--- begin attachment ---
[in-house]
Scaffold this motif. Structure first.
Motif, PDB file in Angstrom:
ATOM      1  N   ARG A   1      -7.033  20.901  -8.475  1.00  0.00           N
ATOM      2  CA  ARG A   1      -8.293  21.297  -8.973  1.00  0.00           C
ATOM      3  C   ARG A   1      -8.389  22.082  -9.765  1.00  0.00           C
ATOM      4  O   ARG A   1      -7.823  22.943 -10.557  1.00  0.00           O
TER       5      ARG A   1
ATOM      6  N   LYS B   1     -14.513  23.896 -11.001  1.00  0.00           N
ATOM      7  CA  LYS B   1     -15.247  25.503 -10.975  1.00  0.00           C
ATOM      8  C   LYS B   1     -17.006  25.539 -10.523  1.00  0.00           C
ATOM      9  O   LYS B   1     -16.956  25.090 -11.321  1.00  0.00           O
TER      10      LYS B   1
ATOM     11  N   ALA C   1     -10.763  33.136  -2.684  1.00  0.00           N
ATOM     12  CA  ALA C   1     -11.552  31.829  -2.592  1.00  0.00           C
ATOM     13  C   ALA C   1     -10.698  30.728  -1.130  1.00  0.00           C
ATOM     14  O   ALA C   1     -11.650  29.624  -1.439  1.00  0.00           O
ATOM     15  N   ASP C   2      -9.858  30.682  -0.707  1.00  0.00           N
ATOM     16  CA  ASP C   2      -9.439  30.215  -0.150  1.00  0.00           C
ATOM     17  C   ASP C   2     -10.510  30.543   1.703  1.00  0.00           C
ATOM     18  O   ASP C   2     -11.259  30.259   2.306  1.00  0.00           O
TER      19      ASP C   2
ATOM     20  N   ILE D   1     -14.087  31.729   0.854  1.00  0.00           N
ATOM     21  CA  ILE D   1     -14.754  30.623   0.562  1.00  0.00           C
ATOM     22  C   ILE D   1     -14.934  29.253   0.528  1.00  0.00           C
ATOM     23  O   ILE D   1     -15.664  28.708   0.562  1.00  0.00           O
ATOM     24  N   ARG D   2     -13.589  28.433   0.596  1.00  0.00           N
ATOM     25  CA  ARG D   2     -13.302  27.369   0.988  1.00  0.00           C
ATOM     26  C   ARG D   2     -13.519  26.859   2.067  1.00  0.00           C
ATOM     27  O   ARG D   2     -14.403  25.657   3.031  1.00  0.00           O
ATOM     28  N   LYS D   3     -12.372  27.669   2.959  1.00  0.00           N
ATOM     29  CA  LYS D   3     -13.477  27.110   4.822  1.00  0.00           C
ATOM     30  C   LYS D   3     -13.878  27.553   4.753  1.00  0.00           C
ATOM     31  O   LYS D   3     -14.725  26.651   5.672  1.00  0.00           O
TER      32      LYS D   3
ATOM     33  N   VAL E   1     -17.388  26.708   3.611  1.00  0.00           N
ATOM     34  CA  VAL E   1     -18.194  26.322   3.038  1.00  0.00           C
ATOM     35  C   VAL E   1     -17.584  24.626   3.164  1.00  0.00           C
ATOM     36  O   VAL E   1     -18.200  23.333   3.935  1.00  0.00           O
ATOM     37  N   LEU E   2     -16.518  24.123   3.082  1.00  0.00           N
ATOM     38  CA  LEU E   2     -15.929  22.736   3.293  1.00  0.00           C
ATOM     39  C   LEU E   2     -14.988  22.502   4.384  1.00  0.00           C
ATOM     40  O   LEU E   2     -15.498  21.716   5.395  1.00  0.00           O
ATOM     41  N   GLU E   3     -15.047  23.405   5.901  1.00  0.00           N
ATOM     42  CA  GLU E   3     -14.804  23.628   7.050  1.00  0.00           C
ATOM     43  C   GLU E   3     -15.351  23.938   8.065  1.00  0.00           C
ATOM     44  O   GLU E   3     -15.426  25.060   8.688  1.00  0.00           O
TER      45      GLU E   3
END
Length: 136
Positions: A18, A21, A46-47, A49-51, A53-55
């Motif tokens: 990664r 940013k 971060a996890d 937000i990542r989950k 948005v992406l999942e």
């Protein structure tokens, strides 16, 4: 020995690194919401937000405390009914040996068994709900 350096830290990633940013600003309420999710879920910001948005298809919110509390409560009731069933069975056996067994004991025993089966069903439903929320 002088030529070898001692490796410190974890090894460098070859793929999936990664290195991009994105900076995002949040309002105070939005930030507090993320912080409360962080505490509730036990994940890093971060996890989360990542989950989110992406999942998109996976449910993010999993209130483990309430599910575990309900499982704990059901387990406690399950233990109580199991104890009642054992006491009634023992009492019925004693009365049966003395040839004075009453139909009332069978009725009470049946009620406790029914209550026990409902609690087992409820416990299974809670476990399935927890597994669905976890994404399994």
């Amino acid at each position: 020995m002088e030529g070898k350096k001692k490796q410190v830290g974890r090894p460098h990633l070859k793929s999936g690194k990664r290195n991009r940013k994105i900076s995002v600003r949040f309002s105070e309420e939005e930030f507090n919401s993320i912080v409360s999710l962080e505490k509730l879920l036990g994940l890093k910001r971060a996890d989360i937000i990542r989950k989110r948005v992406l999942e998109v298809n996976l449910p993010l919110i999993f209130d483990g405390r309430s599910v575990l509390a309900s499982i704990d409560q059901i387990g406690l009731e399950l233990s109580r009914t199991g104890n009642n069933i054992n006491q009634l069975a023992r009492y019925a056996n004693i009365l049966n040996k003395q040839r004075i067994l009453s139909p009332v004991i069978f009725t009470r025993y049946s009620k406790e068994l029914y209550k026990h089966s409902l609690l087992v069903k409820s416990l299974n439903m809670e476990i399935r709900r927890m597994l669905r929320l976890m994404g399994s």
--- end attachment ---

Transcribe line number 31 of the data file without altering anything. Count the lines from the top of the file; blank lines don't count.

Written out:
ATOM     28  N   LYS D   3     -12.372  27.669   2.959  1.00  0.00           N